A retired elite Black Ops Commando launches a one man war against a group of South American criminals who have kidnapped his daughter to blackmail him into starting a revolution and getting an exiled dictator back into power.
Mark L. Lester
Rae Dawn Chong,
Arnold Schwarzenegger plays a Russian policeman sent after a Georgian drug dealer who has escaped to the United States and is awaiting extradition in Chicago. Jim Belushi plays his temporary partner on the Chicago police. When the drug dealer escapes, the two police must overcome their differences in order to recapture him. Written by
John Vogel <firstname.lastname@example.org>
Many stills and pictures show deleted scene in which Danko is running out of the Garvin hotel after shootout with Cleanheads and after Viktor jumps into the river. Removal of this extended chase scene is reason why there is a strange jump cut in the movie where scene cuts to the aftermath of the shootout with police investigating the hotel without explaining what happened to Viktor and why didn't Danko go after him. See more »
At the end of the movie when they crash the bus, Danko smashes the rear window with his fist. The window shatters before his fist hits the glass. See more »
What's this key for?
Kiss my ass.
[to Ridzik, in English]
You know what this key open?
Looks like a key to a locker to me. Why don't you ask your bud?
[hauls Viktor around to face Ridzik]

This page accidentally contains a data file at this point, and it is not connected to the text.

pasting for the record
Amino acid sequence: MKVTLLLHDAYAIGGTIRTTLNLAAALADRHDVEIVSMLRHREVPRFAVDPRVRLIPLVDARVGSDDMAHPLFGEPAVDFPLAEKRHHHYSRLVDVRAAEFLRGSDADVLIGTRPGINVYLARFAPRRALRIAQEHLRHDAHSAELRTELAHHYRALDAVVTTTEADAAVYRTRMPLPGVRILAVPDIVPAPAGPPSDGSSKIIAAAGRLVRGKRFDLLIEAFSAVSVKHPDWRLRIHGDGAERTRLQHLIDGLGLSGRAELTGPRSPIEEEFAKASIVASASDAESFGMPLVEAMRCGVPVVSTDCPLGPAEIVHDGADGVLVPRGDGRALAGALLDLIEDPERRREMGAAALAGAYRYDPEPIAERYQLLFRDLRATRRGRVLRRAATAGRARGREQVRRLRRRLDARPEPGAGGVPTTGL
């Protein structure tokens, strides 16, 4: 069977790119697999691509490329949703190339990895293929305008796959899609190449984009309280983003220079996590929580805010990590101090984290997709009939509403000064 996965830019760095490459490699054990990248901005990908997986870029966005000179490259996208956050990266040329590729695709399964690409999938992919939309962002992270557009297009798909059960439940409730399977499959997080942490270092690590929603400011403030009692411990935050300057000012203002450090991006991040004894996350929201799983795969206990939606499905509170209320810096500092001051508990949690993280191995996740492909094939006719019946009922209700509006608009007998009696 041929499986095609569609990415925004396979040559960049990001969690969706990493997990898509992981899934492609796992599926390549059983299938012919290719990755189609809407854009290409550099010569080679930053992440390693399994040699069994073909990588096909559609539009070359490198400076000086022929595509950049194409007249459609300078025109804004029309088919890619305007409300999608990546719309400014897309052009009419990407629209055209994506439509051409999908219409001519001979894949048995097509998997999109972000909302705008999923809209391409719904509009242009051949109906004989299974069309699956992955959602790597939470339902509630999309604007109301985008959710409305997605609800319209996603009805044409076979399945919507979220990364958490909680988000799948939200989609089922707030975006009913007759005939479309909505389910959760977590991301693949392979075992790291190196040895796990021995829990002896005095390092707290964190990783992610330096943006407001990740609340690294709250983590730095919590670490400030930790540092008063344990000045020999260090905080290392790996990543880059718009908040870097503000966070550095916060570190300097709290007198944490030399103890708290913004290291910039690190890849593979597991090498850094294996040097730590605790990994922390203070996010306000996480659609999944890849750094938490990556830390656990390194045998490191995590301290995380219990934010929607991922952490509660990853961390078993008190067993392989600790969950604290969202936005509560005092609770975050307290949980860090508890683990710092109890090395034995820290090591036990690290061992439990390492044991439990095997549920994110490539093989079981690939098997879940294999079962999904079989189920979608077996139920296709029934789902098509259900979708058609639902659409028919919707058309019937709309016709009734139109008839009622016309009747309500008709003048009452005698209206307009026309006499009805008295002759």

[mutters something in Russian]
What did he say?
He say, "Go and kiss your mother's behind."
[Gallagher laughs. Ridzik stares at Viktor for a moment, then lunges at him]
See more »
In the opening credits certain letters are reversed so as to imitate Russian Cyrillic script. In particular, "Rs" and "Ns" are reversed. See more »
Walter Hill is a director known for his tough guy action movies (The Warriors, Extreme Prejudice, Southern Comfort) and in the early 80s he scored big with 48 Hours, a story of mis-matched partners working together to catch the bad guys. He repeated that formula again in 1988 with Red Heat, though it had become a regular cliché by this point.
Ivan Danko is a no-nonsense Soviet cop sent to Chicago to extradite a notorious Russian criminal back to Communist soil. While in America he is teamed-up with easy-going Detective Art Ridzik as they jump over new hurdles and suffer multiple setbacks. As an action comedy it offers a fare amount (but just not enough) of laughs and thrills. Big Arn is amusing a the brick-faced Danko and Belushi (in his first of three appearances in Arnie movies) is likable enough. Peter Boyle and a young Laurence Fishburne help appear in smaller roles as Ridzik's cynical superiors, but are not given much else to do. Gina Gershon (yum yum) shows up as a damsel in distress, but extends the plot without deepening it. Even James Horner's score is kind of middle-ground, neither good nor terrible.
There's no real problem or fault with Red Heat except that is just doesn't offer an exhilarating amount of what it sets up. It's so straight-forward and lacking in mystery and intrigue when it could so easily have written in. A bit of a missed-opportunity, but certainly worth watching and owning for action and Arnie fans.
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